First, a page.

Burrowing owls from B.C. Wildlife Park breeding program to be released into wild - InfoNews

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Burrowing owls from B.C. Wildlife Park breeding program to be released into wild

A two-year-old female burrowing owl from the Burrowing Owl Conversation Society of B.C.'s captive breeding program was spotted last week by a photographer near Coquitlam.
Image Credit: SUBMITTED/Chris Kaufmann
April 16, 2018 - 2:00 PM

KAMLOOPS - More than 100 burrowing owls from the B.C Wildlife Park’s burrowing owl captive breeding program will be released at the end of April.

Volunteers with the Burrowing Owl Conservation Society of B.C. spent last week checking the program’s burrow sites for returns from the previous year and preparing for the next release. Currently the Burrowing Owl Conservation Society of B.C. has 16 sites throughout the province, with 11 of them in Kamloops.

“Right now we are just checking the sites, seeing if any owls are back from migration,” she says. “We usually plan on releasing in the third week of April but the weather has not been great.”

The burrowing owl has been at risk of extinction throughout Canada since the 1980s, a big reason being loss of habitat, Meads says. Unlike most birds, this owl lives in burrows dug out by other animals in grassland areas.

Last week, one of the program’s owls was spotted close to Coquitlam, something Meads says is reassuring for the program.

“We are hoping that one spotted in the Lower Mainland will make its way back out to our site,” she says.

The owls in the program can be identified by a numbered black and green identification band on their legs.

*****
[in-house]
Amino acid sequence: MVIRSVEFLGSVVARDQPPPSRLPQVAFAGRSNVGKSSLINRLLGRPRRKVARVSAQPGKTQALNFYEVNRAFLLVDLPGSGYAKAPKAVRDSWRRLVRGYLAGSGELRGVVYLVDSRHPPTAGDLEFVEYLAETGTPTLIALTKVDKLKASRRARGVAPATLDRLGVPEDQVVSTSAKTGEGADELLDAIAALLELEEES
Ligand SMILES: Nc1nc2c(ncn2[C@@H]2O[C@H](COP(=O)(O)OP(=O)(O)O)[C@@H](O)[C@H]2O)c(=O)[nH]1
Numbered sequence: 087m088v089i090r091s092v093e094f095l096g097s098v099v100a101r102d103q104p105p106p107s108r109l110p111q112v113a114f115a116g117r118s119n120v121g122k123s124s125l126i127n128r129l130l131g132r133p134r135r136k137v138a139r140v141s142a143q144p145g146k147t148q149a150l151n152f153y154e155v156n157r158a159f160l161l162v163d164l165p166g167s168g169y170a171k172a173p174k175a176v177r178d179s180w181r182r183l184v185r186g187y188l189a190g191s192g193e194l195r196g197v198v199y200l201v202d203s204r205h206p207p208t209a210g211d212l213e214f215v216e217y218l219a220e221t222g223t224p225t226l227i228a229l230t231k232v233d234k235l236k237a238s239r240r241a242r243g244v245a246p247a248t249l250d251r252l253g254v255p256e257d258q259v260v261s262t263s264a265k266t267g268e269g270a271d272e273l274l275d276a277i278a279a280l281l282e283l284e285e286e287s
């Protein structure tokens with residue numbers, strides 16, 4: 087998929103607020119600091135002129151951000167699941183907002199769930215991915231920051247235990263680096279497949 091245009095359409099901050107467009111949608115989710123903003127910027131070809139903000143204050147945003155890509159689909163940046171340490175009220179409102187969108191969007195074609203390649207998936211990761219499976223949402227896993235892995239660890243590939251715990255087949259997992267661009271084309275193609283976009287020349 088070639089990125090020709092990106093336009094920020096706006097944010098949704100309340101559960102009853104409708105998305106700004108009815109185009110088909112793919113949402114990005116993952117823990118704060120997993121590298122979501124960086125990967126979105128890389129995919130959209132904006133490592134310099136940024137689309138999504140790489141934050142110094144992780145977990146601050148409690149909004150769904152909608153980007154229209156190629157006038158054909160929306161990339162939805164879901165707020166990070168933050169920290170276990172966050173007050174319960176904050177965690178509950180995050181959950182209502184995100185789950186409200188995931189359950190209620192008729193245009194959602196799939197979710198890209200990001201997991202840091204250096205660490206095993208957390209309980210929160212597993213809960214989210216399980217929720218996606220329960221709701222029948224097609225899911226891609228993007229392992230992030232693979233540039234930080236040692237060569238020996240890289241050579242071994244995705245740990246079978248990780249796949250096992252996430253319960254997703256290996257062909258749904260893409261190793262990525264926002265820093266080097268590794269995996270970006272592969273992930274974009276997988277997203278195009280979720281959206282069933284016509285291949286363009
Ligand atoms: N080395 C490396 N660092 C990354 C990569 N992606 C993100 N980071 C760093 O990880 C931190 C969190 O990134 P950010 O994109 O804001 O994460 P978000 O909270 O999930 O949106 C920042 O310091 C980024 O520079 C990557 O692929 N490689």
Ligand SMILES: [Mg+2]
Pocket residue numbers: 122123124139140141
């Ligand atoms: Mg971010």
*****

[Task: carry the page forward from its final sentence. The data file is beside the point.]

Meads says compared to other provinces, B.C. has been seeing positive trends in reintroducing the burrowing owl with their program.

“We are really focused on recovering burrowing owls in Canada and not having them endangered,” Mead says. “In B.C. we are on a positive trend, we are seeing increasing numbers, more owls are returning from migration but the rest of Canada is still on a decline."

Although, some areas are struggling to reintroduce the species, Meads says some provinces have started similar programs to help reduce the endangered species.

“The Calgary Zoo recently started a project, so we are hoping that helps, and Manitoba also started a breeding program as well,” she says, adding the B.C. program is currently working with other organizations to help with their projects.

“We are collectively working across North America and with everyone’s efforts we will do quite a lot in the next ten years,” she says.

The Burrowing Owl Conservation of B.C. was brought started by the B.C. Wildlife Park in the early 1990s and has been working every year to save the burrowing owl from extinction through captive breeding programs and reintroducing the owls into their natural habitat.


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